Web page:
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Don’t treat Avalanche’s quiet trade deadline as a failure…yet

Matt Larkin
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Don’t treat Avalanche’s quiet trade deadline as a failure…yet

Gabriel Landeskog and Matt Duchene. Image by: Getty Images

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Don’t treat Avalanche’s quiet trade deadline as a failure…yet

Matt Larkin
By:

GM Joe Sakic had a chance to make the day’s biggest splash by trading Gabriel Landeskog and Matt Duchene. Both remain with the Avs, but there was no rush to move either. Colorado could benefit by waiting until June.

Did the Colorado Avalanche succeed or fail at the 2017 trade deadline? There’s no reason to answer that question right now. The truth is we won’t know until summer.

Sure, it appears GM Joe Sakic accomplished very little Wednesday. He landed a conditional fourth-round pick from the Los Angeles Kings for swan-song right winger Jarome Iginla; swapped size for skill, sending left winger Andreas Martinsen to the Montreal Canadiens for right winger Sven Andrighetto; and made a pair of minor-league deals, picking up left winger Brendan Ranford and goalie Joe Cannata. The earth did not move. Sakic did not deal stars Matt Duchene and Gabriel Landeskog, the subjects of so many rumors.

At least according to social media, which turned into an angry anti-Avs hive Wednesday after the deadline passed, Sakic laid an egg. But is that really true?

First off, look at the expiring assets he wasn’t able to move: center John Mitchell, left winger Rene Bourque, defensemen Fedor Tyutin and Cody Goloubef. We live in a world where Thomas Vanek yields a third-round pick and P-A Parenteau nets a sixth. No one was going to pay anything for the Avs’ replacement-level assets. Even Francois Beauchemin, subject of some trade speculation, has another year on his deal with a $4.5-million cap hit and is already 36. Even if Colorado ate half his salary, the team acquiring him would be saddled with a 37-year-old for $2.25 million next season. Not exactly tantalizing. It likely didn’t help that almost every Colorado player’s stats have taken a nosedive in the toxic waste dump that is the 2016-17 season, with a team on pace for the most regulation losses by an NHL club in 17 years.

The problem was still Sakic’s responsibility, as a roster full of dead weight was of his making, but, regardless, there were no deals to make Wednesday given what he had to offer.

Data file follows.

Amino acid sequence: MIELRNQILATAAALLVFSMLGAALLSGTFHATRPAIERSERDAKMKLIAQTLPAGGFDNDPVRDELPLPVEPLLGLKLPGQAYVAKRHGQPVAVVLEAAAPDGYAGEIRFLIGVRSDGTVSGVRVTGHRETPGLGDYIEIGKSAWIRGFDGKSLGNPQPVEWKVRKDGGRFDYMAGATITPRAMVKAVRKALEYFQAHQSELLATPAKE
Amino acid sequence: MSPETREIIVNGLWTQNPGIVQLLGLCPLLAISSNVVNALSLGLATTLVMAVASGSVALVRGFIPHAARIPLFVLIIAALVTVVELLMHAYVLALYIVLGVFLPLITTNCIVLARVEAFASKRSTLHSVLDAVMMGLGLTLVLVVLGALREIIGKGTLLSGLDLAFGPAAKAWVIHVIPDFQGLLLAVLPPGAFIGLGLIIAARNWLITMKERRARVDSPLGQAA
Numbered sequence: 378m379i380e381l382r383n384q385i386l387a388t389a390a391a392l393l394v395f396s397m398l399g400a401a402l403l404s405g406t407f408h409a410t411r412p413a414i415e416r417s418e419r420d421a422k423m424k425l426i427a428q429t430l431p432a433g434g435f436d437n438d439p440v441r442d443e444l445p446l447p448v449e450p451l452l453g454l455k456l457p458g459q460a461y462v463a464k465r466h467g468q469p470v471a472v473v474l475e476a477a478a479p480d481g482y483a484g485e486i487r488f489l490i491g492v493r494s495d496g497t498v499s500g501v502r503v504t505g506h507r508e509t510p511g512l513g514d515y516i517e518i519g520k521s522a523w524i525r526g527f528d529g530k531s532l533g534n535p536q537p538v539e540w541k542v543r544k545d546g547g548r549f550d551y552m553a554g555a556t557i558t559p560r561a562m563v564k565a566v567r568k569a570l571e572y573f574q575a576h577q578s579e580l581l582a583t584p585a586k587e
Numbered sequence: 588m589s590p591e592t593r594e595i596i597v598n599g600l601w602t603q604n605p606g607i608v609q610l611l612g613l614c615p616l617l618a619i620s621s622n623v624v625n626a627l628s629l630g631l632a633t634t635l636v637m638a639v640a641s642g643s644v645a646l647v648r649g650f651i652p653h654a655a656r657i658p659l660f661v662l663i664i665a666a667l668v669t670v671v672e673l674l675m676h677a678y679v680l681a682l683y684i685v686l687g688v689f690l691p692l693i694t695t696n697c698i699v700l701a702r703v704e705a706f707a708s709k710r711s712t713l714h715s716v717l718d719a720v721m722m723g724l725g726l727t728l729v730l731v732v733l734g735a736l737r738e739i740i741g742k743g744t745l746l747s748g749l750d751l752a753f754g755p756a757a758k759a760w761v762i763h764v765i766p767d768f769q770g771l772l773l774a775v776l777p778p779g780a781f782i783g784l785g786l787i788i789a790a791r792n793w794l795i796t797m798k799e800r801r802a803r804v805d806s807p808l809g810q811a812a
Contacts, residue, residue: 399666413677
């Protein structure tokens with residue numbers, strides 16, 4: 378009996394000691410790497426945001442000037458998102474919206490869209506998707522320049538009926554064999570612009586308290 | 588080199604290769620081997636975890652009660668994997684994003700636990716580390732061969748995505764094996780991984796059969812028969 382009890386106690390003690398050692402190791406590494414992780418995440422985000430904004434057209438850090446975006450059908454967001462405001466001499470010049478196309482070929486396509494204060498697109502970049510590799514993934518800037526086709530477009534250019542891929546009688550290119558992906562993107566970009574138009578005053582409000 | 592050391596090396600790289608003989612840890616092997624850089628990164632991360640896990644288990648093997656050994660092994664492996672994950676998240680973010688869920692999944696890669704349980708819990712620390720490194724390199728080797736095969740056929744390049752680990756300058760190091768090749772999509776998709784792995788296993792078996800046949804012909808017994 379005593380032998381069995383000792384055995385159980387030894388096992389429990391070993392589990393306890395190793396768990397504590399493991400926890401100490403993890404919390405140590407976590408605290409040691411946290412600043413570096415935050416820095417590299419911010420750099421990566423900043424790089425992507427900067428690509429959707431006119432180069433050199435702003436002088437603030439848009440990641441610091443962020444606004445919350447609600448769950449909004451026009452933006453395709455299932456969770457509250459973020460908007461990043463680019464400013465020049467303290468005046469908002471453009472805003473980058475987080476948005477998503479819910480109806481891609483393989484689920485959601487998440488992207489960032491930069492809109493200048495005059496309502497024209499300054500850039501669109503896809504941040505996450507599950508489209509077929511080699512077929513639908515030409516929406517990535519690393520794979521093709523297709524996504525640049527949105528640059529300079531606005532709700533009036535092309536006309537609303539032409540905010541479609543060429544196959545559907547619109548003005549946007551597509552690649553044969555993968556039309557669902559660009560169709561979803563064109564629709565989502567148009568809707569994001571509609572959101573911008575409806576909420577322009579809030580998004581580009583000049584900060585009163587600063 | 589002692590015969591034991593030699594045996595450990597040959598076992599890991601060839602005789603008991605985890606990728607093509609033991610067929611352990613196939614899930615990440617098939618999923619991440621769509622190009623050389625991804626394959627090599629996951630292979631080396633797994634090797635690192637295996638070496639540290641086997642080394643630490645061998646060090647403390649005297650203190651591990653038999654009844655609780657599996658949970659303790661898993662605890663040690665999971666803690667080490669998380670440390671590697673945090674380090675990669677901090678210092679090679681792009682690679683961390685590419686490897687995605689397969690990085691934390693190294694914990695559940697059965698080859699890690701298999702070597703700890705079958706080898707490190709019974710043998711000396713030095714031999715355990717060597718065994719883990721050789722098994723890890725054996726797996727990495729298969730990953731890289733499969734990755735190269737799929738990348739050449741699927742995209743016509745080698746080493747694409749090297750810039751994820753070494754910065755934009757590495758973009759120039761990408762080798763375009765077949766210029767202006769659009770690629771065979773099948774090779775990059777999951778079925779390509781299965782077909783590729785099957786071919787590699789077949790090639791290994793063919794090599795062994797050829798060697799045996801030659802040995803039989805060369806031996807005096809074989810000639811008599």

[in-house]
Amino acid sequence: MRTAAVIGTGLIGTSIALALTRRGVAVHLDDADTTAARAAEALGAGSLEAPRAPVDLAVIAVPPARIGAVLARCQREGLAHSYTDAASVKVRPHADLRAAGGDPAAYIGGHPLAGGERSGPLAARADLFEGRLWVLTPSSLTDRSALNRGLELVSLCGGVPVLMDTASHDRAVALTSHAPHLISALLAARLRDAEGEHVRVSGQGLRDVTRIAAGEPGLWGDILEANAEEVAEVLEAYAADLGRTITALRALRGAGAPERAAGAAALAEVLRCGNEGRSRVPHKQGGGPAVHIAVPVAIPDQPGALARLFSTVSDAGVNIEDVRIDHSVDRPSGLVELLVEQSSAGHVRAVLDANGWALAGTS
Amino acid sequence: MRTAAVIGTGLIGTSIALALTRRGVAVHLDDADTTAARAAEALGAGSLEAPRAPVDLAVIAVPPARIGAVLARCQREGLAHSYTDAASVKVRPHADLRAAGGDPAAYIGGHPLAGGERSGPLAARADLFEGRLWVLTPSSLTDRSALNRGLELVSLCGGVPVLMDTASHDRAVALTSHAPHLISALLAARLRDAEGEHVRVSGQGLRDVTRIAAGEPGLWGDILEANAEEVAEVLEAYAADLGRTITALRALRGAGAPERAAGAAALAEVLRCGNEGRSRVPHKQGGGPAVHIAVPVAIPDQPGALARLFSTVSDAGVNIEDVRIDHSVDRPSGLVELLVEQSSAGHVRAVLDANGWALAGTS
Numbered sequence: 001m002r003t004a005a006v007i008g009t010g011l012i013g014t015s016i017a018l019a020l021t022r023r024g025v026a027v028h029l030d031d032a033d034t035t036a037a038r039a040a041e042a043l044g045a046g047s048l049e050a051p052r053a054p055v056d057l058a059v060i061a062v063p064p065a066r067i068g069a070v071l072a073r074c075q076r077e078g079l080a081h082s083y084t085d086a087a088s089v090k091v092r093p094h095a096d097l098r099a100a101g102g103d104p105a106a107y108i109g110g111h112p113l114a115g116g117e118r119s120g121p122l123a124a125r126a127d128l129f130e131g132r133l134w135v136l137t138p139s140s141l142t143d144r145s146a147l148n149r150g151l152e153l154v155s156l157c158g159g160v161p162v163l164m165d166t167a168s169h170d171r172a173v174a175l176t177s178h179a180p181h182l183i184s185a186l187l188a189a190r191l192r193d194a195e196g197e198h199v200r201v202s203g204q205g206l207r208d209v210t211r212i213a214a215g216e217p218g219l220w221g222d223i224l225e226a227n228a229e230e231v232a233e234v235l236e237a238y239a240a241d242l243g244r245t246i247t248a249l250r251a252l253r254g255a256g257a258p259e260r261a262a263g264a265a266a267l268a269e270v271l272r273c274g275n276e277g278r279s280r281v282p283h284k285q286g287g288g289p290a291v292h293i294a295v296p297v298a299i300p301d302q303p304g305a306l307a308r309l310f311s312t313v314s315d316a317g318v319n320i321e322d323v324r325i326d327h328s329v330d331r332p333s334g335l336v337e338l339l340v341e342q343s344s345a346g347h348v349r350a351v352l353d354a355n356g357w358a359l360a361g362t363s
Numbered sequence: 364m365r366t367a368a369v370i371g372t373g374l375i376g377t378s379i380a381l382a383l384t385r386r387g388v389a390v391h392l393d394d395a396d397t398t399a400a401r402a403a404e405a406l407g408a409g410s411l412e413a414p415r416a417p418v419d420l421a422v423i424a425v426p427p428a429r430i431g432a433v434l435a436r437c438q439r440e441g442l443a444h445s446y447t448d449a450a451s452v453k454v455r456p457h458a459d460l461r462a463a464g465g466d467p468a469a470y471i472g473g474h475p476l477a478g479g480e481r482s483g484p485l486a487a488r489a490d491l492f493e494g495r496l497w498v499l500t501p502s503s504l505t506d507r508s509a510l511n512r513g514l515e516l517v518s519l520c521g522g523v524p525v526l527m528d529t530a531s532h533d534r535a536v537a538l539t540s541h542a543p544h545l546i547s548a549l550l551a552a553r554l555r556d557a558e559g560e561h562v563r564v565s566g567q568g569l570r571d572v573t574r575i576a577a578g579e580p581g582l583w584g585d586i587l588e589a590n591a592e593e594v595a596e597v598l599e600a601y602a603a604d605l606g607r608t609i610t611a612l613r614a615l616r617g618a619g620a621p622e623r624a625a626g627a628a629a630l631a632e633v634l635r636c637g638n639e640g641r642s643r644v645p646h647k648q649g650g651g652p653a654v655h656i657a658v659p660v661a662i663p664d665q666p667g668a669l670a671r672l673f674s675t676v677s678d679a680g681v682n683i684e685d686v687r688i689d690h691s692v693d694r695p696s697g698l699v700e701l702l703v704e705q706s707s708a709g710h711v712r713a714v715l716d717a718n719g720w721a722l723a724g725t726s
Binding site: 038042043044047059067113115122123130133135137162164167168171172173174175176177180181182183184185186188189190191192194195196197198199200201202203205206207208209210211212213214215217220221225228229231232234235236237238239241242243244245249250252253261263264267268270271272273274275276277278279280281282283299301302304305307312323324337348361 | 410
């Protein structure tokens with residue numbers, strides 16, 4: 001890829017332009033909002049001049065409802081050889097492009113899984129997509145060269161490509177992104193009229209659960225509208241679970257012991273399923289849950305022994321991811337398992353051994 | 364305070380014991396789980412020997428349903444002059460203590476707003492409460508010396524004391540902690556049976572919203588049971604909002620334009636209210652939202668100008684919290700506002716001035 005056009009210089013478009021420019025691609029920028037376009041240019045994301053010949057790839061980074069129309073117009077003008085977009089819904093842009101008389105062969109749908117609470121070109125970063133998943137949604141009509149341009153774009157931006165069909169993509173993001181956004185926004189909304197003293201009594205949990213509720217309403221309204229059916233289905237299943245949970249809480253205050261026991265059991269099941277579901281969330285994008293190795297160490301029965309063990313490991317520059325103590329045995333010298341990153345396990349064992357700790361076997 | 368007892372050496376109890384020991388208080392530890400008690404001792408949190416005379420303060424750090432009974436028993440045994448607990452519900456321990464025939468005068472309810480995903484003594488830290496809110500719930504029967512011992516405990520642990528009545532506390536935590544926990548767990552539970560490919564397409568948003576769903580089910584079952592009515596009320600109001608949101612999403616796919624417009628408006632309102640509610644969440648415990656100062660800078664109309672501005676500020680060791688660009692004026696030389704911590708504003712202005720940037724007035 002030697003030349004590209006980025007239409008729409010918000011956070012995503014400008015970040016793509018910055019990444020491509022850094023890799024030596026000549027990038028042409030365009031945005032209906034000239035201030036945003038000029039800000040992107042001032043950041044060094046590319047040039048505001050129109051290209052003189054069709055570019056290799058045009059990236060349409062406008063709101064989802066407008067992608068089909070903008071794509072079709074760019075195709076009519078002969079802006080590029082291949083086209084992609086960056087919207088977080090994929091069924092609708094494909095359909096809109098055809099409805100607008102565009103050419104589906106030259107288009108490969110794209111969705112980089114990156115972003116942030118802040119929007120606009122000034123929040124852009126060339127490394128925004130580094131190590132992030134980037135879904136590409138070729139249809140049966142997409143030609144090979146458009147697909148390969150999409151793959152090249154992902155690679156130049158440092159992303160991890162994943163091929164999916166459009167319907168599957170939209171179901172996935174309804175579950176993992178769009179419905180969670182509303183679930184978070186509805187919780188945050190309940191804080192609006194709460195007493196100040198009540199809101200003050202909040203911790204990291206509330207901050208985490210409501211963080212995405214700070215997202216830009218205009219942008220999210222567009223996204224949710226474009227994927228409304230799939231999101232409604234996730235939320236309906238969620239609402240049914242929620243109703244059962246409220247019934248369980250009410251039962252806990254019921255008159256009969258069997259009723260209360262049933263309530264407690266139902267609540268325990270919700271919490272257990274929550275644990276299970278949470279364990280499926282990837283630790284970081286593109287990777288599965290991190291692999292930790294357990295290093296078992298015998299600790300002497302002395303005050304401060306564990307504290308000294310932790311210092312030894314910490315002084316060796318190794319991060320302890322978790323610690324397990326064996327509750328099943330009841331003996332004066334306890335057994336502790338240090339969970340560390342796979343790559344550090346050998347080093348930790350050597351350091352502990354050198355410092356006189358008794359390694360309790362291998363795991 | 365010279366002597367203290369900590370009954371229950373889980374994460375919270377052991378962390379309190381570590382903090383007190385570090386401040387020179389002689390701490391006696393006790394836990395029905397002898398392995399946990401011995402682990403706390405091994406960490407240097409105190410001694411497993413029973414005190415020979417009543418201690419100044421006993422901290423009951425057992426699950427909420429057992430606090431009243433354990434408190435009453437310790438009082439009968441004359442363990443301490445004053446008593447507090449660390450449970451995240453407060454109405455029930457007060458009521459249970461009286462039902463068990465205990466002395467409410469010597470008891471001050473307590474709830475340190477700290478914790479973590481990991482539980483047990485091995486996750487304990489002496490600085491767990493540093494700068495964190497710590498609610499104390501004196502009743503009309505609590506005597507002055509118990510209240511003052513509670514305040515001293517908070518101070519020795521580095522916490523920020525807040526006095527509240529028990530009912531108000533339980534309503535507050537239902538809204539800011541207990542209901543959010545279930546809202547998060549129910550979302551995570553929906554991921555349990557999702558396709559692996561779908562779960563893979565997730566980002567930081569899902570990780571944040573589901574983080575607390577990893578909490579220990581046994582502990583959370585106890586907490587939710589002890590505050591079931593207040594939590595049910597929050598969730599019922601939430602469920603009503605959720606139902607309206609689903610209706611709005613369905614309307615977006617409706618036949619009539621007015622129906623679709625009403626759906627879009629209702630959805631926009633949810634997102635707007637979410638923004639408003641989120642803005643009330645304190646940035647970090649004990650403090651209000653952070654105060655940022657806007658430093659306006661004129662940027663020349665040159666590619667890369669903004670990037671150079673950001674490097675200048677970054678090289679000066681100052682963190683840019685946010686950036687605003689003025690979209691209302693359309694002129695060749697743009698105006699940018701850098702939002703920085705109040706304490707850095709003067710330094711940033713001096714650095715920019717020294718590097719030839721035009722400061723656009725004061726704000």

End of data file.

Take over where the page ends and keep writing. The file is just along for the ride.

And as for Landeskog and Duchene, what’s the rush? It’s understandable to see fans clamoring for a major roster shakeup given how grim the franchise’s future looks right now. If we could all kickstart the perfect rebuild instantly, we would. But the simple truth is Duchene is under contract two more seasons at a $6-millon cap hit and Landeskog four more at a $5.57 million per. Neither player was a rental. Waiting until the summer and, more specifically, draft day to pursue trades shouldn’t hurt Sakic. Yes, suitors just lost a potential playoff year from either player, but the list of interested teams should lengthen significantly by draft day. Duchene is 26, Landeskog, 24, so every team save for a rock-bottom year-1 rebuilder like Colorado could have a use for one or both players. Given both carry hefty cap hits, working out a trade Wednesday was likely complicated. Sakic’s asking price for his prized pieces has been reported as astronomical, something in the range of a first-round pick, a top prospect and a solid roster player for Duchene or Landeskog, so the suitors might have balked. We know the Ottawa Senators did so publicly.

Maybe Sakic brings his price down to something more realistic by summer. Maybe GMs are more likely to meet his price in an off-season deal, in which they aren’t plucking crucial pieces off their rosters right before the playoffs. Trades for both players remain possible if not probable for June.

Why, then, condemn Sakic’s trade deadline as a faceplant? We won’t know that until we see what he does or doesn’t do leading up to, and during, June’s draft in Chicago. After that, everybody gets a pitchfork if the result still looks disappointing.

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Don’t treat Avalanche’s quiet trade deadline as a failure…yet